A Conversation with Michael Hollinger, Playwright and Professor

Michael Hollinger, writer of the play, Opus, and professor of Theatre at Villanova, visited my class this past week to discuss Opus and the process of play writing.

Opus is a play about a classical string quartet and the complex relationship between creative and impulsive genius and pragmatic interpretation.  It is written musically as if the musician’s are speaking as their instruments themselves and are a part of a piece of music.  Set in modern day, the play also explores themes of sexuality, madness, and the ephemeral nature of life and art.

Hollinger himself is a musician and received a BA in viola performance.  He later turned his focus to theatre and received his masters in theatre at Villanova.  Thus, his play reflects certain personal interests and experiences.

“The characters are of my demographic and the play is contemporary,” he said.  “It was a world I felt comfortable diving into, which may be why it didn’t take me very long to write the play.”

This background in music and theatre helped create the unique style of Opus.  Hollinger said that he had some idea of the quartet music he wanted to be featured in the play, so he tried to shape the plot around the music at various points in the play.

When describing the process of playwriting, Hollinger said it was “a mix of architecture and archaeology.”  The architecture was his personal planning and structuring of the play, and the archeology was the “digging” he had to do to research for the play.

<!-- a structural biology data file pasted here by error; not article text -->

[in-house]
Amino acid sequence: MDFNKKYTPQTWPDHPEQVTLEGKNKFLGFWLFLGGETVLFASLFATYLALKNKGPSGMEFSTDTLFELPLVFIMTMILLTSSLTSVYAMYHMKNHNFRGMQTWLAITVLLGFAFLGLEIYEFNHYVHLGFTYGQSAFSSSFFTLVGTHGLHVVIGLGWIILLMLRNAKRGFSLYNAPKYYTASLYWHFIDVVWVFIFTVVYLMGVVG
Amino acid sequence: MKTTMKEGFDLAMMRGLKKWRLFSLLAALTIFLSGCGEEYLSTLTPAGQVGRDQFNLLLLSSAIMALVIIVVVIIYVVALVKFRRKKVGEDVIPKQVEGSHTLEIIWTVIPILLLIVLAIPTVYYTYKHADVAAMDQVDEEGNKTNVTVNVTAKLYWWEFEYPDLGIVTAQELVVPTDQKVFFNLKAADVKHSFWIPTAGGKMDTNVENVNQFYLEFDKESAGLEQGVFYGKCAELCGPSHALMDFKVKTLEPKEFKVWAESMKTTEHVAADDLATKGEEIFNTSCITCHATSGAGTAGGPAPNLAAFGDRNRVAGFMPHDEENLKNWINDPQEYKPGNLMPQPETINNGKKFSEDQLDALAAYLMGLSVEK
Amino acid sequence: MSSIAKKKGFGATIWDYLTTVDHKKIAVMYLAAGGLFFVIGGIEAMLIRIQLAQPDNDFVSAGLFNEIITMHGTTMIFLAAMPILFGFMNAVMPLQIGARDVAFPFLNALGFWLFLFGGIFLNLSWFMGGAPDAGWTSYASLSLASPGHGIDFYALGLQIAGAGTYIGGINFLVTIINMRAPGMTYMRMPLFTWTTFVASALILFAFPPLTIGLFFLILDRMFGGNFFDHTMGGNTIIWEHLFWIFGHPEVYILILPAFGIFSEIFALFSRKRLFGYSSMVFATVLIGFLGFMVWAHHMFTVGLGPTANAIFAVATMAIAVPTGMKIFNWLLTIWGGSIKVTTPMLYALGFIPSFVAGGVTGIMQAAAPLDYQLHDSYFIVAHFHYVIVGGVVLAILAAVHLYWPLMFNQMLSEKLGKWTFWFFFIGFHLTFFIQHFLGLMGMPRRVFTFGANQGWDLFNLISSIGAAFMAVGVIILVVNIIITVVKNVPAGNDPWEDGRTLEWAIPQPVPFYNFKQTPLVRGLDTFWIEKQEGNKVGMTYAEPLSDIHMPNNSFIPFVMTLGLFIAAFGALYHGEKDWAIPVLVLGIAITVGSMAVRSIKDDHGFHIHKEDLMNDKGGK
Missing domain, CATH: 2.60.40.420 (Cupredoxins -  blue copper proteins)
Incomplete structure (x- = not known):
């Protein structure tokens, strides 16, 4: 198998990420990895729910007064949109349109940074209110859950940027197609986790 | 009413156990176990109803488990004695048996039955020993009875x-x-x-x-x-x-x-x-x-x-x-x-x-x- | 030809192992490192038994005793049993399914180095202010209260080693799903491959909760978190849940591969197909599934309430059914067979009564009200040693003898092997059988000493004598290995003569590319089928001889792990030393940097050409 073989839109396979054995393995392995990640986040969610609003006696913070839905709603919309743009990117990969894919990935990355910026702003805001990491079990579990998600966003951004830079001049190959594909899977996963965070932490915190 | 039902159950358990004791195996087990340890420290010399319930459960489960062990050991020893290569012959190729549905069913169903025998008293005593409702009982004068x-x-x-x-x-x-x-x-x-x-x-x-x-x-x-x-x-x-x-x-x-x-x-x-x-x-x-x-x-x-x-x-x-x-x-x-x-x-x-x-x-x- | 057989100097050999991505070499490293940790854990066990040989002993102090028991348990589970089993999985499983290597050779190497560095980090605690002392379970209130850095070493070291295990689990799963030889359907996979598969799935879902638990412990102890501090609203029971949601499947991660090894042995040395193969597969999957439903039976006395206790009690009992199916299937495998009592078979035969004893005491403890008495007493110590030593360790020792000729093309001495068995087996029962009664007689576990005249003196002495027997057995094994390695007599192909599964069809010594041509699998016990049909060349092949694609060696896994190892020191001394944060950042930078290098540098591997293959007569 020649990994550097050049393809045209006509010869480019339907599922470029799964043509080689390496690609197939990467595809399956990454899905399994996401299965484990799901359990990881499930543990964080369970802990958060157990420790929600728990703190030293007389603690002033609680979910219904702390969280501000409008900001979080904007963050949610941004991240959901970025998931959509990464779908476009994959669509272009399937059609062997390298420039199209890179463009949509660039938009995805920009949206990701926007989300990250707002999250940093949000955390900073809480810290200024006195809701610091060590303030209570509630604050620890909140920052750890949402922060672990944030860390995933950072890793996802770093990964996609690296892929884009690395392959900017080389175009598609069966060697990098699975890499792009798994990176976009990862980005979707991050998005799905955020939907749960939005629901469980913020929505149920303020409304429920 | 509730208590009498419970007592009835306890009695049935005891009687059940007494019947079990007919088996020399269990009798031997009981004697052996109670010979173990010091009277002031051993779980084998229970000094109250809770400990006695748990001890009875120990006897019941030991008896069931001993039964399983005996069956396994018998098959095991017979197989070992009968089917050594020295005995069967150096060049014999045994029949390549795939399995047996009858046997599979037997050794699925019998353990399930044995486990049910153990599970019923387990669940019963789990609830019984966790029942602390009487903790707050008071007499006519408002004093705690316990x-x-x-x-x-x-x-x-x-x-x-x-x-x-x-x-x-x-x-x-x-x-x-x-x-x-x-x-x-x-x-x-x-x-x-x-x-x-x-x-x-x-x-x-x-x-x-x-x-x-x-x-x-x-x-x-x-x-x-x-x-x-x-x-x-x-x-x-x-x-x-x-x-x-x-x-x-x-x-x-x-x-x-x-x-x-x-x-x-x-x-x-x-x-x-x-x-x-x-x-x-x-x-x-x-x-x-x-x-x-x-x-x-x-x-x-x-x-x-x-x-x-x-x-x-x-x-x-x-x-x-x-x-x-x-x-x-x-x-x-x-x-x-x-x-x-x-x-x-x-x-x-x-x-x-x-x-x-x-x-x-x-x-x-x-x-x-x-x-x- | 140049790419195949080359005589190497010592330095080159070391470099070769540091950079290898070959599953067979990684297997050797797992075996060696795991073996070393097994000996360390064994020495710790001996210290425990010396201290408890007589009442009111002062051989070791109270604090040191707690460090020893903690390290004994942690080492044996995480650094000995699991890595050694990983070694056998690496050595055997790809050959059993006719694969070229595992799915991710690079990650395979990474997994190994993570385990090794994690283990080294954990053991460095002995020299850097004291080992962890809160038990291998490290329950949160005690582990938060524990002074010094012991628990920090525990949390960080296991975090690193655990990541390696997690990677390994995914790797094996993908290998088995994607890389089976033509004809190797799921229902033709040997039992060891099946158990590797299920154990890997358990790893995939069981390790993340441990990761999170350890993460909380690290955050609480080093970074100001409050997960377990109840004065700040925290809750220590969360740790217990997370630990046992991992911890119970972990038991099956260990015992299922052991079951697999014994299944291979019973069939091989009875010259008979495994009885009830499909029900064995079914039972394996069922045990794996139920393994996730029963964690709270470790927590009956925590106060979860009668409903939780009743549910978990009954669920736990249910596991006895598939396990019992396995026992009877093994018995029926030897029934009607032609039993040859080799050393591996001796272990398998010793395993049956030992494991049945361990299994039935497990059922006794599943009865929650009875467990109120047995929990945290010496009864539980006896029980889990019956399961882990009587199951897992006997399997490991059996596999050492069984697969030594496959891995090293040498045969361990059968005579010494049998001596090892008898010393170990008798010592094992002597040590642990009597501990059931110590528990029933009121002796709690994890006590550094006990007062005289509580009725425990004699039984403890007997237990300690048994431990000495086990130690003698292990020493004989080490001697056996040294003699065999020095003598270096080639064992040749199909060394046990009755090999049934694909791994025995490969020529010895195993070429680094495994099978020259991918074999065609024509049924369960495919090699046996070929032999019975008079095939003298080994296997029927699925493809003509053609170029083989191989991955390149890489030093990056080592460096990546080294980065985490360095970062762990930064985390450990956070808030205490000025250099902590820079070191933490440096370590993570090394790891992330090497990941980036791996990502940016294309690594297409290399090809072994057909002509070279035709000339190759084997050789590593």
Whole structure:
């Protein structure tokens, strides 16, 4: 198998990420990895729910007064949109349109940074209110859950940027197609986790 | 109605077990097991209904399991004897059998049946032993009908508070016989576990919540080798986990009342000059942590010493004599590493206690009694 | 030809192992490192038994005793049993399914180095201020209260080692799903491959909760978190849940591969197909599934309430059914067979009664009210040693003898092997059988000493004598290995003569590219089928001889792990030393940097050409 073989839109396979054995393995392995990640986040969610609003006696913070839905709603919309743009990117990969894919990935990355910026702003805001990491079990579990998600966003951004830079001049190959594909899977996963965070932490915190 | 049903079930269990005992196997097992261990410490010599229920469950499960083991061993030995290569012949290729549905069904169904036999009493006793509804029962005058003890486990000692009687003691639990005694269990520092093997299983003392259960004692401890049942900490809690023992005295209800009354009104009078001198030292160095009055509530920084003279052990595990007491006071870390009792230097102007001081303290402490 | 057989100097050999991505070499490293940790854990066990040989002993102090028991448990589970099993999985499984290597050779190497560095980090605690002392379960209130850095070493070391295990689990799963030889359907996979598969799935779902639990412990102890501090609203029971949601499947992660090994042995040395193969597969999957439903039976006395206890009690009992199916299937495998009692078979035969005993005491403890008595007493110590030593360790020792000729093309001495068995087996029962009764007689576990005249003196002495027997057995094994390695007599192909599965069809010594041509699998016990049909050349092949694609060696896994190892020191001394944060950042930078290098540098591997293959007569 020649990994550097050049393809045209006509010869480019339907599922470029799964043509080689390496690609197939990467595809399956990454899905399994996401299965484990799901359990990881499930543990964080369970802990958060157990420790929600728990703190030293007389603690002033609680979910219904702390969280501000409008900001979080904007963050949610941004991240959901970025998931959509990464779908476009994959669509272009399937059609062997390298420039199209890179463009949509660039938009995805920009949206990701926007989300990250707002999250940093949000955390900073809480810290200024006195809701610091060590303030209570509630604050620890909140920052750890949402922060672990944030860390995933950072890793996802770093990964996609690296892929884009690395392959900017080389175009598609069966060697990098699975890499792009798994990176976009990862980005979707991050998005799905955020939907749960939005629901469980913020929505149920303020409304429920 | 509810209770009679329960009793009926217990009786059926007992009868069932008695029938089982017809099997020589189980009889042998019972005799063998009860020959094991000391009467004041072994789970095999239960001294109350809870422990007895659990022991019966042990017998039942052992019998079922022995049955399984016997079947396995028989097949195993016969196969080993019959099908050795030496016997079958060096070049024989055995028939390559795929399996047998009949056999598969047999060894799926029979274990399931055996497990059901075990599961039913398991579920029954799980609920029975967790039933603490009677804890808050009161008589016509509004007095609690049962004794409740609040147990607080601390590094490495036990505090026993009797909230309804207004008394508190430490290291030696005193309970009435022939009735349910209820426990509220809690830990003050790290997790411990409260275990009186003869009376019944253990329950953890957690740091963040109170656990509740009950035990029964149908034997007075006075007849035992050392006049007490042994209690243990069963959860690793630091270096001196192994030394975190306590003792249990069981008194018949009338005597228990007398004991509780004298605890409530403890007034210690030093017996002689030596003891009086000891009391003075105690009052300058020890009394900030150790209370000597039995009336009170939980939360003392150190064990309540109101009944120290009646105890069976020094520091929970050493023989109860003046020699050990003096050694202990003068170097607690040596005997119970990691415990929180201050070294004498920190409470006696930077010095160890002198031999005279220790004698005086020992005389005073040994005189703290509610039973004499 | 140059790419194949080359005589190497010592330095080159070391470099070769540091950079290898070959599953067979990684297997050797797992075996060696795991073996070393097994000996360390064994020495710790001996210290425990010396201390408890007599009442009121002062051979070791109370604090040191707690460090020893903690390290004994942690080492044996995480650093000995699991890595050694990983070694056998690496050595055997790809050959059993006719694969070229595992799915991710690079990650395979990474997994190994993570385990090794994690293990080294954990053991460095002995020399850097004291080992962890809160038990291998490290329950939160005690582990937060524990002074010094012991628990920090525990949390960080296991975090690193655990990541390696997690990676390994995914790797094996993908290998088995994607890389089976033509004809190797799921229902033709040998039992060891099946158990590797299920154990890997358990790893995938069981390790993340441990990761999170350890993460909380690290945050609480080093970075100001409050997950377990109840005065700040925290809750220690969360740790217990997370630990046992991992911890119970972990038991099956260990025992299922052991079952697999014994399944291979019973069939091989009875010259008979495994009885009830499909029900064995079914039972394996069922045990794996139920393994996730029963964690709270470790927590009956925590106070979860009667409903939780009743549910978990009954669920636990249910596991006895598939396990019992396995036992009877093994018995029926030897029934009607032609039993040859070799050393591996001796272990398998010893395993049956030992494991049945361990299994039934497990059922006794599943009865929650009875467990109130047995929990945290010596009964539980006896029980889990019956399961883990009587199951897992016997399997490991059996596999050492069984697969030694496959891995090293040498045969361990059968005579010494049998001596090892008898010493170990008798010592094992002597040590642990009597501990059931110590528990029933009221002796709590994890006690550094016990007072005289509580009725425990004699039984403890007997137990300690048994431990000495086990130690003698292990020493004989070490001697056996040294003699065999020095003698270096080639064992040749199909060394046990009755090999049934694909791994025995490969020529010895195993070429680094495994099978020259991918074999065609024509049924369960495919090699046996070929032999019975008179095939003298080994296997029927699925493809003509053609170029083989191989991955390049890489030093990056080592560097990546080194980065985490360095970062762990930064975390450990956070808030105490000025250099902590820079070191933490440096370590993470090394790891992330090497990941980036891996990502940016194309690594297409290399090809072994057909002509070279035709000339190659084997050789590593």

“The architecture and archaeology need to inform each other,” he said.  “Too much architecture can cause a play to die because of too much planning.”

He added that when giving stage directions, he aims to write as little as possible so everything he writes will be considered important to directors and will consequently be ignored at serious peril.

When asked about characters, Hollinger said character creation is as much an act of discovery as an act of creation.

“Sometimes what the characters say inform me about them,” he said.

Hollinger added that he identified with every character in Opus.

“That’s what’s great about playwriting-you have the possibility of fragmenting yourself and giving validity to everyone,” he said.  “We are all a lot of people at once.”

One of the central conflicts among the characters in Opus is the decision to stick to the original score of the composer, or to interpret the piece for oneself and add or change certain parts of a song.  Hollinger said that he thought a mix of both approaches is essential.

“There are talented musicians on both side of this debate,” he said.  “I think ultimately the test is if the sound is effective and if it moves the audience.”

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